After winning the Olympic gold medal in both London and Rio, Harrison is ready to move on from Judo. What's next, though, is unclear. She recently wrote about how her love for judo and her commitment to training helped get her through some extremely difficult times in her life. Now, though retired, she still "has some fire left," as she wrote in CNN. There have been talks of a potential MMA career, and though the mat vs. the cage is a difficult adjustment, Harrison certainly has shown the resiliency, dedication and strength to succeed in a new, challenging sport.
Ashley Fliehr, aka Charlotte, is more than just a WWE star. She competed internationally in gymnastics for seven years, won three cheerleading national championships, played volleyball and basketball and did swimming, diving, ballet and track and field. She’s an all-around athlete and goes all-in on workouts so she can perform in the ring.
At only 25 years old, Colombian BMX rider Pajón is already a two-time Olympic gold medalist with more than a dozen world championship titles. When she’s not on the bike, you can find Pajón in the surf, sand or snow—or in the gym. From CrossFit-type workouts and Pilates, to outdoor sports like surfing and skiing, Pajón has a passion for staying active.
Don’t let her age fool you—16-year-old Shiraishi is on her way to becoming one of the greatest rock climbers ever. In rock climbing gyms and suspending in the air off cliffs around the world, the New York-native has an unreal level of strength, stamina and flexibility—plus a fearless mentality—that help her ascend seemingly impossible routes.
Cris “Cyborg” Justino is finally a UFC champ. After years of total MMA domination (18-1 MMA, 3-0 UFC, a 12-year undefeated run) that somehow still flew under the radar due to Ronda Rousey's UFC reign, the 145-pound Brazilian finally was given a title match of her own, winning the featherweight belt against Tonya Evinger at UFC 214 in July. Her career hasn't gone without controversy—she tested positive for stanozolol in December of 2011 and then tested positive in December, 2016 for a diuretic, but the fact remains that she is the most feared MMA fighter out there. As for her next opponent? She's got her sights set on Holly Holm.
#ufc214 is a month away and I am bigger, faster, and stronger than I've ever been in my life. My team was very smart about my return to 145. After two consecutive fights at 140 we have spent the last year focusing on regaining my strength and power, but keeping the speed I gained by going to 140. #ufcanaheim against one of the biggest featherweights in the world I am going to showcase just how explosive I've become!! I hope #cyborgnation is ready to fill Orange County July 29! ================ #ufc114 está a um mês de distância estou maior, mais rápida e mais forte do que eu já estive na minha vida. Minha equipe foi muito inteligente sobre o meu retorno para 145. Depois de duas lutas consecutivas em 140libras, passamos o ano passado com foco em recuperar minha força, mas mantendo a velocidade que ganhei indo para 140. #ufcanaheim contra uma das maiores pesos de pena No mundo, vou mostrar o quão explosivo eu me tornei! Espero que #cyborgnation esteja pronto para preencher a arena em Anaheim 29 de julho! #blessed #thankfull @kennethleverich 👊 @dacikfitfoods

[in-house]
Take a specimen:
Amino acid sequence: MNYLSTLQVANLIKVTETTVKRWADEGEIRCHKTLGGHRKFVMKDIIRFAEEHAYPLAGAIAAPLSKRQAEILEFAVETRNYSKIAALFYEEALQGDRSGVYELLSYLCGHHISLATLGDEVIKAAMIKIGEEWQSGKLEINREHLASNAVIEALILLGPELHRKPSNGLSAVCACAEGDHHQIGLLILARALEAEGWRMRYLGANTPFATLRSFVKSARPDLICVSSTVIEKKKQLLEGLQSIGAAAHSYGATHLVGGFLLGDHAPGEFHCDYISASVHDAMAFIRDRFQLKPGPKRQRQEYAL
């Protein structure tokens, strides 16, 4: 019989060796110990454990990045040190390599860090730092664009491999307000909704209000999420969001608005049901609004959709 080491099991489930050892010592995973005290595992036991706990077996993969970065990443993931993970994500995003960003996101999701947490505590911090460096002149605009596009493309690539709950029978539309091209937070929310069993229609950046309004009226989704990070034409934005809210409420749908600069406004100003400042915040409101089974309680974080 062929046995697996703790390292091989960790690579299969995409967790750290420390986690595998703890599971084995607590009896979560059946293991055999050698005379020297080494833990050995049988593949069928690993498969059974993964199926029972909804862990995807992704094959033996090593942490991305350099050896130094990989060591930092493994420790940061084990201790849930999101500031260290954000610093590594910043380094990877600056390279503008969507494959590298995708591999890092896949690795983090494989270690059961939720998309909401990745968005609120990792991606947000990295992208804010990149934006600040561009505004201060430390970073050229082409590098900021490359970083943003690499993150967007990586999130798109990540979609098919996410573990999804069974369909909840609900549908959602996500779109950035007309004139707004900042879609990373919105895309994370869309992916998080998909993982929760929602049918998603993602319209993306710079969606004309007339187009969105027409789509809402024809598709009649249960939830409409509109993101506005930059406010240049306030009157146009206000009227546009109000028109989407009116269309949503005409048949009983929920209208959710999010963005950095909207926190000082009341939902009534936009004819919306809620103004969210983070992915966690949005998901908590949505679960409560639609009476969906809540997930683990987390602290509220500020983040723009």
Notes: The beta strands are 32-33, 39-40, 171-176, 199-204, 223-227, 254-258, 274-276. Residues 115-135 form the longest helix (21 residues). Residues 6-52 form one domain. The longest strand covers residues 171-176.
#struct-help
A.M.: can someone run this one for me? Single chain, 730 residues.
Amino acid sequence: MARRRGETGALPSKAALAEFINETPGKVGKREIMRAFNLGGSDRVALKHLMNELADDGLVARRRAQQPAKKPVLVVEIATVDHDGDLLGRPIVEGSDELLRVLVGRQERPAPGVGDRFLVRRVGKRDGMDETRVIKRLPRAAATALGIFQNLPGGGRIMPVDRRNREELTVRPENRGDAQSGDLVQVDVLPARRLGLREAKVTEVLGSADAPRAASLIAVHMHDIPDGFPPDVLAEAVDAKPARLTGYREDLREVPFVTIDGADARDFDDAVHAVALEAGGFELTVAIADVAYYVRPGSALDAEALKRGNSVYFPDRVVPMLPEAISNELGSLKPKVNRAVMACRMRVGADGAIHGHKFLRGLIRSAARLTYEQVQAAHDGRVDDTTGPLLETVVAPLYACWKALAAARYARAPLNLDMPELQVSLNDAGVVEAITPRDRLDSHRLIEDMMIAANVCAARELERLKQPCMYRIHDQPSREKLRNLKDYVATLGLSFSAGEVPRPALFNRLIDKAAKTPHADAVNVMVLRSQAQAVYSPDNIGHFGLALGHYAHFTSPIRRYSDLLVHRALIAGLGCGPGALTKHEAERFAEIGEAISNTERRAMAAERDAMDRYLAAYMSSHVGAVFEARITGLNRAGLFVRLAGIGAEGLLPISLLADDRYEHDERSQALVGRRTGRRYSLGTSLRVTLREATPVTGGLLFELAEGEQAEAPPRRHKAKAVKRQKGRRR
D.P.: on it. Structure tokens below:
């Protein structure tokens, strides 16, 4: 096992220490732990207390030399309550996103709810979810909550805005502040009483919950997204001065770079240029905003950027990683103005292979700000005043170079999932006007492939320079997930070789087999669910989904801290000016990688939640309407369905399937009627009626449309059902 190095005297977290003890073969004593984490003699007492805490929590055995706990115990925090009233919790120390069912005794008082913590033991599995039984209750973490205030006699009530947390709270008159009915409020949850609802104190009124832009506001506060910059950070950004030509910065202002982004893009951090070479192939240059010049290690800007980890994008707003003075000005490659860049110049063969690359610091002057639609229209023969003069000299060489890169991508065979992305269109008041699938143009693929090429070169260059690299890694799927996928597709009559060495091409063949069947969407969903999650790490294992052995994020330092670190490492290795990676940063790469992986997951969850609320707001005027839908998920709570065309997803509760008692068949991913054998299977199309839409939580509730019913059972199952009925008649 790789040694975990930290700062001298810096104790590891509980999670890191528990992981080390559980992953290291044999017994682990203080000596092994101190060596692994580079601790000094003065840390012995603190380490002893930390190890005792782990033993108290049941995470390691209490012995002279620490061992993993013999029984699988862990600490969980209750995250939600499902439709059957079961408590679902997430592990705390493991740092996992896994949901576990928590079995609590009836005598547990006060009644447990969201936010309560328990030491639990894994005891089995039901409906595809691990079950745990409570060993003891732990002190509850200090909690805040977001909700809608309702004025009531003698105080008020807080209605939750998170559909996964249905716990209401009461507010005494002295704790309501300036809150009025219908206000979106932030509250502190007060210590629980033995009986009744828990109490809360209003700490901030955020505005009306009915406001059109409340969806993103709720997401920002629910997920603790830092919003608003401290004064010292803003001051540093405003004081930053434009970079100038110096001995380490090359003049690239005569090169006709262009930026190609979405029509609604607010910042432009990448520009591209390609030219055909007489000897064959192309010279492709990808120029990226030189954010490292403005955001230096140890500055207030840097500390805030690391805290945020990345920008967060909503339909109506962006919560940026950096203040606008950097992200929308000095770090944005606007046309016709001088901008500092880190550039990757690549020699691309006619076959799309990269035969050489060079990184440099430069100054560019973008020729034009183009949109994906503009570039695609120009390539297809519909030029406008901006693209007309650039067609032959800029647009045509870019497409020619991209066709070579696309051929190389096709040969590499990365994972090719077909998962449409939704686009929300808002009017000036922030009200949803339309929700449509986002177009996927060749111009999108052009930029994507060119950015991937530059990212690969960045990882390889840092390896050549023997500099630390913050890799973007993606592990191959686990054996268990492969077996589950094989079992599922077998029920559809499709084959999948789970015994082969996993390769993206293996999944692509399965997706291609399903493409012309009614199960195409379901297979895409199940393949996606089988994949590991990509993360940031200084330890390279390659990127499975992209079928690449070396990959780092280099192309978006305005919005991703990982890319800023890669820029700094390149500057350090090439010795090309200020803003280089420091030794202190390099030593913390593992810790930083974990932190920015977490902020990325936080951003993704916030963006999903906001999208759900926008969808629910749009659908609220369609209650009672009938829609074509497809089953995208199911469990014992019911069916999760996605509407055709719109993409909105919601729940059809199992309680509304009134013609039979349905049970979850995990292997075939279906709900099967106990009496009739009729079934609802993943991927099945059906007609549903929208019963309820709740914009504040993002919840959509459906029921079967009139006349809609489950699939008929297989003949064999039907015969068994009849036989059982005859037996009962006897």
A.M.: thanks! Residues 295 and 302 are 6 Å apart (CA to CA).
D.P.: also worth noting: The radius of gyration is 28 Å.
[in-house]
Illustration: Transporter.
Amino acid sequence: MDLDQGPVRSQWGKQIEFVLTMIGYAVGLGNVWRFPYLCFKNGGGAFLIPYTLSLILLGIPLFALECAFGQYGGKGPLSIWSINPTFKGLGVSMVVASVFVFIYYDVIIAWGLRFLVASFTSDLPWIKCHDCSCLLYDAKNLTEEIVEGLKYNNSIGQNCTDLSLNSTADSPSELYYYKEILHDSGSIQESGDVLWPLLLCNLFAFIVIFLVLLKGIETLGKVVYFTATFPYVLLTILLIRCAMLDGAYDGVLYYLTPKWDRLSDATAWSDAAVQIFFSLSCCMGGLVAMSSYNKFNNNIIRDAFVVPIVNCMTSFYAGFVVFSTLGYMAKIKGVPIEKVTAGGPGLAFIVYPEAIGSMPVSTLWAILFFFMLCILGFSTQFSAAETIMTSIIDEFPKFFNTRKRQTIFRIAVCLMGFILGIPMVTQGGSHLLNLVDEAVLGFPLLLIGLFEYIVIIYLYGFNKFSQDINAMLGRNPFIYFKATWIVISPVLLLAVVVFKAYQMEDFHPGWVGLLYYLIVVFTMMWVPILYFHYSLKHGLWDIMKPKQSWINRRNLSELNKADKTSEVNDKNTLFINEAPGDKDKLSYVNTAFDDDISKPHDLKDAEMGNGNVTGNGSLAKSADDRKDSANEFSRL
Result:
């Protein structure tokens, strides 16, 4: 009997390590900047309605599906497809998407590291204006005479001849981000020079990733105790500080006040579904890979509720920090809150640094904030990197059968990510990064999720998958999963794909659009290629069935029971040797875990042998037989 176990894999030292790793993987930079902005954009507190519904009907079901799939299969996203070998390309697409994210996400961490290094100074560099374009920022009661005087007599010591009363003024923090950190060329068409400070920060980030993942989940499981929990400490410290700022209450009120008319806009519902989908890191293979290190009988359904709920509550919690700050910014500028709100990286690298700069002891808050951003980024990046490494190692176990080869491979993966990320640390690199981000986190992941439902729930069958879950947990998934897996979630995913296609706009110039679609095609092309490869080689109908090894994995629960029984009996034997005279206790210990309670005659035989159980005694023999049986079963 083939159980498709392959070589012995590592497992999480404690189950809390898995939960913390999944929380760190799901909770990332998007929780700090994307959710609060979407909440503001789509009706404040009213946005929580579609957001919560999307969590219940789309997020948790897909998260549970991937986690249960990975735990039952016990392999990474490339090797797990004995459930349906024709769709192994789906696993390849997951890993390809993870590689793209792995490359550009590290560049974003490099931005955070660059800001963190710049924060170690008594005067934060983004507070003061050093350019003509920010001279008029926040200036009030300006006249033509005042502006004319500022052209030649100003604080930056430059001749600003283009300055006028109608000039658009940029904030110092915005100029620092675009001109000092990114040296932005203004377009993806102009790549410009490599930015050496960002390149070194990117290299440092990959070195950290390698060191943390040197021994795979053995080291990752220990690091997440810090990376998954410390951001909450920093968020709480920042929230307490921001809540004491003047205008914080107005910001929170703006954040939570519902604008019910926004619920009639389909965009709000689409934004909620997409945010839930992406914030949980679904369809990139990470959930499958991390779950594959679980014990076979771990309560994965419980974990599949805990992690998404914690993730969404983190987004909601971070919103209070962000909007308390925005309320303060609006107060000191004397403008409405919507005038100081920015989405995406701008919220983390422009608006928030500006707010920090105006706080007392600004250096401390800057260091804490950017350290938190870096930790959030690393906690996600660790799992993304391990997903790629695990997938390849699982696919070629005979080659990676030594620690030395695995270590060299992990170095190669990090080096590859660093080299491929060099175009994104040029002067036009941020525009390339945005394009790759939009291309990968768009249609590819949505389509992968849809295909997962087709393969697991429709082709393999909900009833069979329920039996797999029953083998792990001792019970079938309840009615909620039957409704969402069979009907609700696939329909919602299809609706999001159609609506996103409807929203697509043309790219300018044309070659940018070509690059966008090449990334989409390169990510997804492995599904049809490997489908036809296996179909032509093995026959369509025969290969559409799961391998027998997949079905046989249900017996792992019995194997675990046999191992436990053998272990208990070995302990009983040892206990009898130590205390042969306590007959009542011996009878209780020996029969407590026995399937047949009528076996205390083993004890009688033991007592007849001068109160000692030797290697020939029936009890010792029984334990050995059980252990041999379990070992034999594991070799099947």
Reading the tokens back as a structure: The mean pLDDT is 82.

Diggins-Smith's competitive nature is present in her training, where she has said she always makes a point to put the extra minute and extra rep into her workout. The 5'9" guard has emphasized core strength with kettle balls, and some of her most effective workouts are those that include repetition without a ton of rest in between. An example from a workout of hers with trainer Rick Freeman: 100 speed ropes, 10 burpees, 25 sit-ups, 20 knee-to-chest jumps.
The world’s fastest woman isn’t a household name yet but Bowie is on her way to becoming a USA track and field legend. She brought home a gold, silver and bronze medal at last summer’s Olympics. Her best moment came this summer as she won gold in the 100 and 4x100 relay. For someone who solely decided to focus on sprinting just three years ago, it’s been an impressive progression—and an impressive display of superior fitness.
27-year-old Webb was barely edged out by fellow Australian Tia-Clair Toomey at the 2017 CrossFit Games, taking second overall in her sixth appearance. Even though she hasn’t won the “Fittest on Earth” title just yet, Webb is an incredible athlete with unbelievable strength and versatility. From muscle-ups and cleans, to thrusters and double-unders, Webb can do it all.